Sterling Archer said...

An excellent idea, dkantz! But we just spent all of our discretionary income for the next three or four generations on health care reform (so-called). America just proved our priorities have nothing to do with sustainability or ecology.

So, what's your alternate plan? That doesn't cost any of that money we don't have?

Finrod said...

The consumers' question needs to move FROM "what's the lowest-rate-per-kW-we-can-get-any-time-we-want-it" TO "how can we tailor time-of-use so that generating capacity of utilities is freed from being driven by peak loads."

I predict sweeping electroral victory for any political party which promises to reverse such a policy if any incumbent government in the industrialised world is deluded enough to implement it in the first place.

Bikerman said...

Finrod: I LOLed.

People need to cook in electric stoves when they want to eat. They need refrigerators to work 24/7 or their food will spoil. People want heat in their dwellings when it is dark and still and cold in the winter.

What kind of "time-of-use generating capacity" will accommodate these things?

Anonymous said...

"...we spent all our discretionary income for the next 3 or 4 generations" – are you suggesting we wait 3 or 4 generations for someone else to design a better system then? Warning: that thinking makes it unlikely there'll be a 3rd or 4th generation from now.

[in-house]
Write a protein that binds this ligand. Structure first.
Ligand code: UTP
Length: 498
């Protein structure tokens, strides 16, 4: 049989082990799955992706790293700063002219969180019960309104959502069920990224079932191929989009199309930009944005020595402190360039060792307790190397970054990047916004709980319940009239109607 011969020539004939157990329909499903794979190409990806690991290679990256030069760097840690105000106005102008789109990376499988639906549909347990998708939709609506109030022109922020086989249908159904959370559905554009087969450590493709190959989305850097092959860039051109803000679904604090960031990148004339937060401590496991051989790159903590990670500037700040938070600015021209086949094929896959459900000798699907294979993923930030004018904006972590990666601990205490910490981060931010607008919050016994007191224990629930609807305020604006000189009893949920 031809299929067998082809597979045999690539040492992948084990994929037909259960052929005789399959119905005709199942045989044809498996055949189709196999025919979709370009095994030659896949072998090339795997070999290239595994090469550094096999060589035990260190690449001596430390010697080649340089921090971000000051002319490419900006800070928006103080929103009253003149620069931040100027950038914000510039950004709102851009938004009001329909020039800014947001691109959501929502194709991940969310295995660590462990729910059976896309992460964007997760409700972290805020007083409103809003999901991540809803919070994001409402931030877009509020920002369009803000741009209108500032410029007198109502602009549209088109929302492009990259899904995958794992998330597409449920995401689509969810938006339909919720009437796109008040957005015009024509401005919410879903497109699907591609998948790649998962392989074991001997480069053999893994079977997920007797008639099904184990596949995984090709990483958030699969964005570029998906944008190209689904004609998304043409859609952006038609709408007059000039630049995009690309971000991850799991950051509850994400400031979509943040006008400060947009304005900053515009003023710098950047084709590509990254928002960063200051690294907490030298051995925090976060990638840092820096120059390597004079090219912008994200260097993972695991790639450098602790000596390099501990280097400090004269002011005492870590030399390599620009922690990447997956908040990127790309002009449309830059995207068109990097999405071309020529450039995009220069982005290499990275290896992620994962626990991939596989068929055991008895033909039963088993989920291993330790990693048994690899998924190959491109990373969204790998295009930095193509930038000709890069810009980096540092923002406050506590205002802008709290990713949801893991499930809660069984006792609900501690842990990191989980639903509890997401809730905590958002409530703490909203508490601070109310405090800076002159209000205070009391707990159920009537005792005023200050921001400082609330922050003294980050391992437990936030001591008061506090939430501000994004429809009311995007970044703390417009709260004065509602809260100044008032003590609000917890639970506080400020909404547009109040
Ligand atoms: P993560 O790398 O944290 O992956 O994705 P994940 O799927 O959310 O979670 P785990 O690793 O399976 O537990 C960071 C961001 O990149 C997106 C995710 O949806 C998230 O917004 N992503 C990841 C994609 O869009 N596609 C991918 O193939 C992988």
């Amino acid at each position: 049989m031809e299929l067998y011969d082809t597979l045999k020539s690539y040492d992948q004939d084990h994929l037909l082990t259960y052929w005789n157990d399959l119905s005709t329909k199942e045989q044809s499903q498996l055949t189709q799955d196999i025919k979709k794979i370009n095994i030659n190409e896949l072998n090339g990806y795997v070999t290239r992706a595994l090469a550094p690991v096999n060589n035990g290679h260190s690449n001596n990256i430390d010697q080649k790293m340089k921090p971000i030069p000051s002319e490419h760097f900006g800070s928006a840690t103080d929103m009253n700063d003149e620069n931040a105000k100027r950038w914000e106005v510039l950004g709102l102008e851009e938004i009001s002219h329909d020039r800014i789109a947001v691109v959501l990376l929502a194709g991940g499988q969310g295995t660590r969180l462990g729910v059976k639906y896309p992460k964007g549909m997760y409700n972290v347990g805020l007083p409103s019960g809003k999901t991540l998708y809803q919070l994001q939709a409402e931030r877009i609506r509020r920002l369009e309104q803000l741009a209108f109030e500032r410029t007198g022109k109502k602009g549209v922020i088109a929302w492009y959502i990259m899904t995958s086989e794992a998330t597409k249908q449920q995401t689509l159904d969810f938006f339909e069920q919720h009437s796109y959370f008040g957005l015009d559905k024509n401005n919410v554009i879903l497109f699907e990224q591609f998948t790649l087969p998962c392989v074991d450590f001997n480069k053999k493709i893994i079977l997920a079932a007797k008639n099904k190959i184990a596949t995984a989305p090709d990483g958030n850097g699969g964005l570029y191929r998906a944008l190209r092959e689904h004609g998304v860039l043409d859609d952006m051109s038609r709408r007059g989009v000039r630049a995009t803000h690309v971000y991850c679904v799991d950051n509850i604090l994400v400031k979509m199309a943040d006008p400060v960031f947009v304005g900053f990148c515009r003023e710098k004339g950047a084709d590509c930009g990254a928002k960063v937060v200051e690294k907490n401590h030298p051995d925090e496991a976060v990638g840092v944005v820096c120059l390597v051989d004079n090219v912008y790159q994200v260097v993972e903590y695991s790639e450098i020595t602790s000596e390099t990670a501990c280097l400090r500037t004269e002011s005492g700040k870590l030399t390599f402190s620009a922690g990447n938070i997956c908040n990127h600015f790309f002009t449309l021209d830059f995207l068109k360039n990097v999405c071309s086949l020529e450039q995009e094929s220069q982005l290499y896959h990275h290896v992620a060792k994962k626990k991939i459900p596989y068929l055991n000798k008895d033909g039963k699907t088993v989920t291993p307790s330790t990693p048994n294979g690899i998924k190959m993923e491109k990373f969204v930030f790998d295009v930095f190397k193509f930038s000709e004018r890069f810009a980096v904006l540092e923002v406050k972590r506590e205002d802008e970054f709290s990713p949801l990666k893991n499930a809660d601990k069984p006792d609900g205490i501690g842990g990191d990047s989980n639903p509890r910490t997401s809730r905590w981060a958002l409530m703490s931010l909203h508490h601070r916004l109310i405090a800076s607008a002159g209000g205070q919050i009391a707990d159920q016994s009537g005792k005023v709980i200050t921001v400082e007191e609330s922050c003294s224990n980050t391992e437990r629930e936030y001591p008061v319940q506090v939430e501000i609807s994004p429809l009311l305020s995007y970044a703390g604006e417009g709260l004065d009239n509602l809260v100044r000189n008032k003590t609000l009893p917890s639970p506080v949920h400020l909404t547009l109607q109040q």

So, Sterling Archer asks: “What’s the plan. How do we pay for it?” OK. Let’s adopt T. Friedman’s approach (Hot, Flat, and Crowded) and avoid the doubling of atmospheric CO2 by mid-century. That means (globally) we need to avoid the emission of 200 billion tons of carbon as we grow between now and then. Choose your favorite 8 out of these 15 (that’s more than half of these options):
• Double fuel efficiency of 2 billion cars from 30 to 60 MPG
• Drive 2 billion cars only 5,000 miles/year rather than 10,000 @ 30 MPG
• Raise efficiency at 1,600 large coal-fired plants from 40 to 60%
• Replace 1,400 large coal-fired plants with natural-gas powered facilities
• Install carbon capture and sequestration capacity at 800 large coal-fired plants, so CO2 can be stored underground.
• Install carbon capture and sequestration at new coal plants that would produce hydrogen for 1.5 billion hydrogen-powered vehicles.
• Install carbon capture and sequestration at 180 coal gasification plants.
• Add twice today’s current global nuclear capacity to replace coal-based electricity.
• Increase wind power 40 fold to displace all coal-fired power.
• Increase solar power 700 fold to displace all coal-fired power.
• Increase wind power 80 fold to make hydrogen for clean cars.
• Drive 2 billion cars on ethanol using 1/6th of the world’s cropland to grow the needed corn.
• Halt all cutting and burning of forests.